Papillion will pay nearly $1.9 million, minus the cost of a traffic light installation, to annex the new Settlers Creek shopping center off 72nd Street and Cornhusker Highway.
The City Council approved the annexation in April, which will bring the shopping center within Papillion's city limits.
An adjoining 229-lot residential subdivision will not be annexed at this time and will remain a Sanitary and Improvement District.
“There are no immediate plans to annex the residential portion,” Papillion community relations coordinator Darren Carlson said.
The city negotiated the payment — a net of $1.6 million, because Papillion will assume the cost of installing a traffic light at 72nd Street and Pinnacle Drive — with SID 272, which includes the Settlers Creek subdivision and the shopping center.
The financial agreement, approved by the Papillion City Council on Tuesday, now heads to the SID board for a vote at its next meeting, in September. The Sarpy County District Court will also have to sign off on it.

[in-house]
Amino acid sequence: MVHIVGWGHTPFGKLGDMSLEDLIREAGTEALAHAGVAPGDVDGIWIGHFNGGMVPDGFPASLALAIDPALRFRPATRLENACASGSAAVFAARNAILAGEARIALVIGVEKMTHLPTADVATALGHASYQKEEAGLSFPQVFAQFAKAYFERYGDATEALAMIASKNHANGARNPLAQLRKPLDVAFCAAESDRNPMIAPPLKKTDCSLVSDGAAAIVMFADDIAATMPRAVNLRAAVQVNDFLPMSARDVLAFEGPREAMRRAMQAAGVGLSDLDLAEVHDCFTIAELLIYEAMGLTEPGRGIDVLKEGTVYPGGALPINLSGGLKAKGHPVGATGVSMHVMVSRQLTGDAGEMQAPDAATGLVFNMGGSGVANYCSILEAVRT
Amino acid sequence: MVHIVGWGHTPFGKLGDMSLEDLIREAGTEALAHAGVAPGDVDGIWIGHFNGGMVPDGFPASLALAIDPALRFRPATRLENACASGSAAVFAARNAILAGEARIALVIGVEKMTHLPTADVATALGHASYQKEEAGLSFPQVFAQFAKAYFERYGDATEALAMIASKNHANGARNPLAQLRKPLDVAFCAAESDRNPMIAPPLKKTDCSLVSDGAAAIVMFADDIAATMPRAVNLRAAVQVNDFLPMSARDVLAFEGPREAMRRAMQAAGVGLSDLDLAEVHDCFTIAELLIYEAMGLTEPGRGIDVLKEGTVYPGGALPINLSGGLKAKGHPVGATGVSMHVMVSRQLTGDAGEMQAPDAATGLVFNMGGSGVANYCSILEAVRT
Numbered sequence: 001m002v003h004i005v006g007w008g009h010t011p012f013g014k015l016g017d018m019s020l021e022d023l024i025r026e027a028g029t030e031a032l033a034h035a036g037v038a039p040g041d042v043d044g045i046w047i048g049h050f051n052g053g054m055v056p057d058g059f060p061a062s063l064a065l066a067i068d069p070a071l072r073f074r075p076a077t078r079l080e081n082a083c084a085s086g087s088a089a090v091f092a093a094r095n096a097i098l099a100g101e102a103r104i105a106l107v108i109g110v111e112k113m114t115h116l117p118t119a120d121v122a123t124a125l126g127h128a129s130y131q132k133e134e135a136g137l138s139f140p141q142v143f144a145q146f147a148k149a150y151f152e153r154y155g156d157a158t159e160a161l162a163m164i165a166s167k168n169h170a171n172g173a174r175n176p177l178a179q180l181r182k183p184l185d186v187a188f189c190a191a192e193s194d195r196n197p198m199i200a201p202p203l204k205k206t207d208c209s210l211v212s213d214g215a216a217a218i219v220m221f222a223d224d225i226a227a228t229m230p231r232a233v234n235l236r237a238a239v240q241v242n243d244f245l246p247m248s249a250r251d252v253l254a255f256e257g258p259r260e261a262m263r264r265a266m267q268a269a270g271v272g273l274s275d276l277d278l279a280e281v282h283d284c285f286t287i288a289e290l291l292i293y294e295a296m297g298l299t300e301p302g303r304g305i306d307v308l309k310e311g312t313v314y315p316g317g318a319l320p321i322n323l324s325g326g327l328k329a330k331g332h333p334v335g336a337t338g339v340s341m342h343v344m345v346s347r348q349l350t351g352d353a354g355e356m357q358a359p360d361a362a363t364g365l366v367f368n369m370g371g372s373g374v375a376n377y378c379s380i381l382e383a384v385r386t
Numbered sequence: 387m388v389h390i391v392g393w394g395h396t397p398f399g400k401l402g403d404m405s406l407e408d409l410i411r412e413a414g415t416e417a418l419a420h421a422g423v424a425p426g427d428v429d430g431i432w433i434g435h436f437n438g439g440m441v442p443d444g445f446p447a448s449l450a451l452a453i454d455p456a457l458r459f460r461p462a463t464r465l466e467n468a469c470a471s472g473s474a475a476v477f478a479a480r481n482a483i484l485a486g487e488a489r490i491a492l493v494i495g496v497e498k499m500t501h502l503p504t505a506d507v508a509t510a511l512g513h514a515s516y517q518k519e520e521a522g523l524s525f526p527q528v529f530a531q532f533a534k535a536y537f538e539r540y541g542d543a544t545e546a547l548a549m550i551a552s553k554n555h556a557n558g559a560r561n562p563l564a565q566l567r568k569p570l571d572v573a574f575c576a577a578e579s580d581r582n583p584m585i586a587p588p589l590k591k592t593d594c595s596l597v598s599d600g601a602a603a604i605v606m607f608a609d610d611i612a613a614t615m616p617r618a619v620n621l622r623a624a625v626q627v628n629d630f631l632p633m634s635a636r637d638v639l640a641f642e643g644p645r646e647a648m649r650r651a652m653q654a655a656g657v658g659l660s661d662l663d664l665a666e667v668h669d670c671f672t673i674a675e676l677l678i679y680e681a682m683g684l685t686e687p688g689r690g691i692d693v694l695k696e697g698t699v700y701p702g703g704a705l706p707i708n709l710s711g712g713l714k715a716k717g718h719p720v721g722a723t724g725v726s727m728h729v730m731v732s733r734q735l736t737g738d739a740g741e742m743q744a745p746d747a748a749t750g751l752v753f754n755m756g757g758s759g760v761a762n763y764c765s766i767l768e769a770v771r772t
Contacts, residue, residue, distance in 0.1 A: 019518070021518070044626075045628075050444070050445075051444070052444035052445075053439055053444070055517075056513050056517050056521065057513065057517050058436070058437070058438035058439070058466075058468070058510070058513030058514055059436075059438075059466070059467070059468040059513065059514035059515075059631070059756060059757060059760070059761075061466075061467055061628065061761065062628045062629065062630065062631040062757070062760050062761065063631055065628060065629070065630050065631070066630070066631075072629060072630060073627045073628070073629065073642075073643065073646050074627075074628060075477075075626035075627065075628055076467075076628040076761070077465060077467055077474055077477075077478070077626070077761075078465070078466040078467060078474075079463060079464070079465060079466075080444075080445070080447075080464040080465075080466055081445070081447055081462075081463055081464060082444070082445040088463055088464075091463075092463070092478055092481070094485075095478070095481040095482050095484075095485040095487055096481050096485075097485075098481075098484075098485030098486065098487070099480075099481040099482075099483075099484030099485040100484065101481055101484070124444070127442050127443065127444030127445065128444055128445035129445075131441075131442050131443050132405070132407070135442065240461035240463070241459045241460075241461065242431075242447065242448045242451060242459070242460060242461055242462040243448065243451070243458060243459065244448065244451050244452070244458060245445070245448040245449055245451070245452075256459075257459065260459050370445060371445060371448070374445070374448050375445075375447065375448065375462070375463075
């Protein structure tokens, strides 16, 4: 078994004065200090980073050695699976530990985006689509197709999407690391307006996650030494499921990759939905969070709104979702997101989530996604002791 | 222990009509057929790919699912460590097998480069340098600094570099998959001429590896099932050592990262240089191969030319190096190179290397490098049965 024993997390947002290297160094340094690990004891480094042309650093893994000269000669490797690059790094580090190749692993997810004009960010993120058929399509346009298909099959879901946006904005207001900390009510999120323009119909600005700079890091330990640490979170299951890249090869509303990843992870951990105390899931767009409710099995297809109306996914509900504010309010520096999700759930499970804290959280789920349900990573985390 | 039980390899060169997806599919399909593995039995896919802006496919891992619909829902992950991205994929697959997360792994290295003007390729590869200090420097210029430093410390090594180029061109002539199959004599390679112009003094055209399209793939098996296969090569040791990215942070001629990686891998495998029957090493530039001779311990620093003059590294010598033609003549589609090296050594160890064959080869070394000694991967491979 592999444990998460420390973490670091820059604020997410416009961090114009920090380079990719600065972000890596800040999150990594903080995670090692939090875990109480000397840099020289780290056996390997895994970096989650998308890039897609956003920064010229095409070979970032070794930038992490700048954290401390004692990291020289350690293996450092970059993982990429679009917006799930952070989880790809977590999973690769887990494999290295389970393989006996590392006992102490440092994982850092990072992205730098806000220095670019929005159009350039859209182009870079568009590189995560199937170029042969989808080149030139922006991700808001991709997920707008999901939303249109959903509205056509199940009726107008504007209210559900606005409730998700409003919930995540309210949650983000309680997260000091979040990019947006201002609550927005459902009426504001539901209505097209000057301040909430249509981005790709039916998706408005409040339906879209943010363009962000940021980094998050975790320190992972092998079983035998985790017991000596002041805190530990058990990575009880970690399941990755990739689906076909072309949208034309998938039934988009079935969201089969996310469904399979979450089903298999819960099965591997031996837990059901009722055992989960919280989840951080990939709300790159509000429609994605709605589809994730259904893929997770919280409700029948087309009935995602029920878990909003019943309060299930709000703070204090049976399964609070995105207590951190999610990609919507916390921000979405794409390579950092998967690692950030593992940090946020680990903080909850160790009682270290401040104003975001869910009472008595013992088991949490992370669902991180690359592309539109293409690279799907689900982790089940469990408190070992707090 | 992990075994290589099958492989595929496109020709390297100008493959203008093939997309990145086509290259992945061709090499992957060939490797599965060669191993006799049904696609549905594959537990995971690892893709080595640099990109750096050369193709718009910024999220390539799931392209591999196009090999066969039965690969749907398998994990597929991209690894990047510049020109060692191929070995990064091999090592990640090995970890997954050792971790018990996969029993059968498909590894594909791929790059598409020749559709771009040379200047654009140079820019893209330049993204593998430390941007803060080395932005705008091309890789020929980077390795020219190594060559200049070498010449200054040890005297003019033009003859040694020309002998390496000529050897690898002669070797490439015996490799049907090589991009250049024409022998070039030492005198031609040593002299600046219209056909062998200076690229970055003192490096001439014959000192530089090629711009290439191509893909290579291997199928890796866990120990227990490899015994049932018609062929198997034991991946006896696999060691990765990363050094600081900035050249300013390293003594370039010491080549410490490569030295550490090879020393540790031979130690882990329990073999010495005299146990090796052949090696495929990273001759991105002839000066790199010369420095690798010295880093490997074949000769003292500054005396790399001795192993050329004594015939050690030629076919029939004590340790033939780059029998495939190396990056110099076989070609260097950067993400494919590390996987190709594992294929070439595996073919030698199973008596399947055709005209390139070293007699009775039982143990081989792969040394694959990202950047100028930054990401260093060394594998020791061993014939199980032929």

The 250,000-square-foot shopping center is still under development but is currently anchored by a Walgreens and a Hobby Lobby.
Promotional materials from developers RED Development and the Lerner Co. indicate that more retailers and fast-casual restaurants are expected to join the two stores.
The commercial part of the development is assessed at $9.7 million and the subdivision is valued at $25.5 million.
Cities can partially annex SIDs with both commercial and residential elements and will sometimes annex a shopping center or commercial development first to capture a share of its revenue, including sales tax.
A fiscal analysis of Settlers Creek shows that at full build-out, the center would probably be valued at $23 million and would generate $728,000 in property and sales tax revenue for the City of Papillion.
The city would assume $225,000 in annual debt service to pay off $1.875 million in 10-year bonds.
The subdivision portion of the development is not fully built out, either, though real estate activity has picked up since 2006, when the housing market began its slump.